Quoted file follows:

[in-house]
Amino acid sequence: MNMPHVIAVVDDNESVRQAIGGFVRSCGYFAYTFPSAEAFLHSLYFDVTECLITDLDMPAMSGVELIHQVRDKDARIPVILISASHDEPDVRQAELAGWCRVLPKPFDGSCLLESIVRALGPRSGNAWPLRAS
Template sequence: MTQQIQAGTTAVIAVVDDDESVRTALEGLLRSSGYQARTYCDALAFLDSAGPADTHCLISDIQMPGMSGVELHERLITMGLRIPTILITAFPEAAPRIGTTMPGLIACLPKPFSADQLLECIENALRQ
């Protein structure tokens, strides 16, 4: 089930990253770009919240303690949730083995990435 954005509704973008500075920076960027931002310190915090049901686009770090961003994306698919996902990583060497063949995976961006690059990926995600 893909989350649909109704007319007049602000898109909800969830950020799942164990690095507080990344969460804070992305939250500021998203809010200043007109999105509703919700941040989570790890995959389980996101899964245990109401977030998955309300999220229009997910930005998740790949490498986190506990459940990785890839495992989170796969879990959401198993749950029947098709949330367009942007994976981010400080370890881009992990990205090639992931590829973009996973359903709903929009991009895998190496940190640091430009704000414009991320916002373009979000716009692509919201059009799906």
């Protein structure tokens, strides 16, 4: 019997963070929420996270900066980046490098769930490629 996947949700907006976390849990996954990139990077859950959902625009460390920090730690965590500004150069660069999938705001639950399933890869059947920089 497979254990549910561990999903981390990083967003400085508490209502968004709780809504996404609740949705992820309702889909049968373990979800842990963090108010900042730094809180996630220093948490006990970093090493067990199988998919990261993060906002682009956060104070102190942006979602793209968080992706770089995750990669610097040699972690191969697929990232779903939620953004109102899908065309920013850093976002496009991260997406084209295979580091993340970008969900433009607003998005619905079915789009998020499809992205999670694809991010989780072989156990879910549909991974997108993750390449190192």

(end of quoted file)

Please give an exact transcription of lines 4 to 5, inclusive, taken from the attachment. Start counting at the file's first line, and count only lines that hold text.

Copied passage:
């Protein structure tokens, strides 16, 4: 089930990253770009919240303690949730083995990435 954005509704973008500075920076960027931002310190915090049901686009770090961003994306698919996902990583060497063949995976961006690059990926995600 893909989350649909109704007319007049602000898109909800969830950020799942164990690095507080990344969460804070992305939250500021998203809010200043007109999105509703919700941040989570790890995959389980996101899964245990109401977030998955309300999220229009997910930005998740790949490498986190506990459940990785890839495992989170796969879990959401198993749950029947098709949330367009942007994976981010400080370890881009992990990205090639992931590829973009996973359903709903929009991009895998190496940190640091430009704000414009991320916002373009979000716009692509919201059009799906």
């Protein structure tokens, strides 16, 4: 019997963070929420996270900066980046490098769930490629 996947949700907006976390849990996954990139990077859950959902625009460390920090730690965590500004150069660069999938705001639950399933890869059947920089 497979254990549910561990999903981390990083967003400085508490209502968004709780809504996404609740949705992820309702889909049968373990979800842990963090108010900042730094809180996630220093948490006990970093090493067990199988998919990261993060906002682009956060104070102190942006979602793209968080992706770089995750990669610097040699972690191969697929990232779903939620953004109102899908065309920013850093976002496009991260997406084209295979580091993340970008969900433009607003998005619905079915789009998020499809992205999670694809991010989780072989156990879910549909991974997108993750390449190192």